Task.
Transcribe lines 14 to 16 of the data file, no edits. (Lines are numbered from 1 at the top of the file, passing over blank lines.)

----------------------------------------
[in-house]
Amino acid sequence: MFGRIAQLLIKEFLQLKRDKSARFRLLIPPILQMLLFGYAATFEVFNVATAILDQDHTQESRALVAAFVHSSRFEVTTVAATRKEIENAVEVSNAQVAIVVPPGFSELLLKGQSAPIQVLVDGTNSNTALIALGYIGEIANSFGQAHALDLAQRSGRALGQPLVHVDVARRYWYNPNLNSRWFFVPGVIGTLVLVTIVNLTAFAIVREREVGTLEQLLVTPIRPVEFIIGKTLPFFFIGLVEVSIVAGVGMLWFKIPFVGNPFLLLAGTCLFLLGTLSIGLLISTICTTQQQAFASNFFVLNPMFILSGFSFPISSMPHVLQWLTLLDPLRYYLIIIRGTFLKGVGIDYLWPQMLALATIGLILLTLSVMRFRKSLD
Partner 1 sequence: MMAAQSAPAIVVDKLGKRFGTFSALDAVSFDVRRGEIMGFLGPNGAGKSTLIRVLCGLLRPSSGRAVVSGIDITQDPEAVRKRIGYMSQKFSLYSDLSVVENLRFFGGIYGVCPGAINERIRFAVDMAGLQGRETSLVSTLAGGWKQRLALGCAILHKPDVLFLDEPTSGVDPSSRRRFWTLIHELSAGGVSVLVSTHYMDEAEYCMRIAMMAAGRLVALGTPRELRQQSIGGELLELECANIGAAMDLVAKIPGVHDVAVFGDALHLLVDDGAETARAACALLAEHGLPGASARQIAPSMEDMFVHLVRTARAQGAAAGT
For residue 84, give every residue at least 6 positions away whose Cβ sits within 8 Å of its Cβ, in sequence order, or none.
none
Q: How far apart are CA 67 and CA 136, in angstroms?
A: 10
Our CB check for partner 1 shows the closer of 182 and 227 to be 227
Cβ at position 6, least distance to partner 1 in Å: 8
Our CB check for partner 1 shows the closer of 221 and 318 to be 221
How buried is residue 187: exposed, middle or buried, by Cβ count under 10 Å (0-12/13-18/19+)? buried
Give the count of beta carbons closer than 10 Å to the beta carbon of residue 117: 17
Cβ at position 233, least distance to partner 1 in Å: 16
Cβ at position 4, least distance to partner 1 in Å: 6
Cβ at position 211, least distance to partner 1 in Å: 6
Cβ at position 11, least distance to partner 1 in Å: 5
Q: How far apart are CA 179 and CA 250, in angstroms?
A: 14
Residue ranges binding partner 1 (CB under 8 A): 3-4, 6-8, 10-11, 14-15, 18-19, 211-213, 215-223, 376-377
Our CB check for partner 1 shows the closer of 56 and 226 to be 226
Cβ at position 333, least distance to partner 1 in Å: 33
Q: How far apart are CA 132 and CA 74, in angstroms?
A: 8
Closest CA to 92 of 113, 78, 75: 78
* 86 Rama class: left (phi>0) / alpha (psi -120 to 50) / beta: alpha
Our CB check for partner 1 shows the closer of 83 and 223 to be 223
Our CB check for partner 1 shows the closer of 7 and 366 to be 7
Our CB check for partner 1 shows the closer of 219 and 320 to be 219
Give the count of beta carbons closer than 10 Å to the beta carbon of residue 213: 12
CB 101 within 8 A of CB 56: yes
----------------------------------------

Cβ at position 4, least distance to partner 1 in Å: 6
Cβ at position 211, least distance to partner 1 in Å: 6
Cβ at position 11, least distance to partner 1 in Å: 5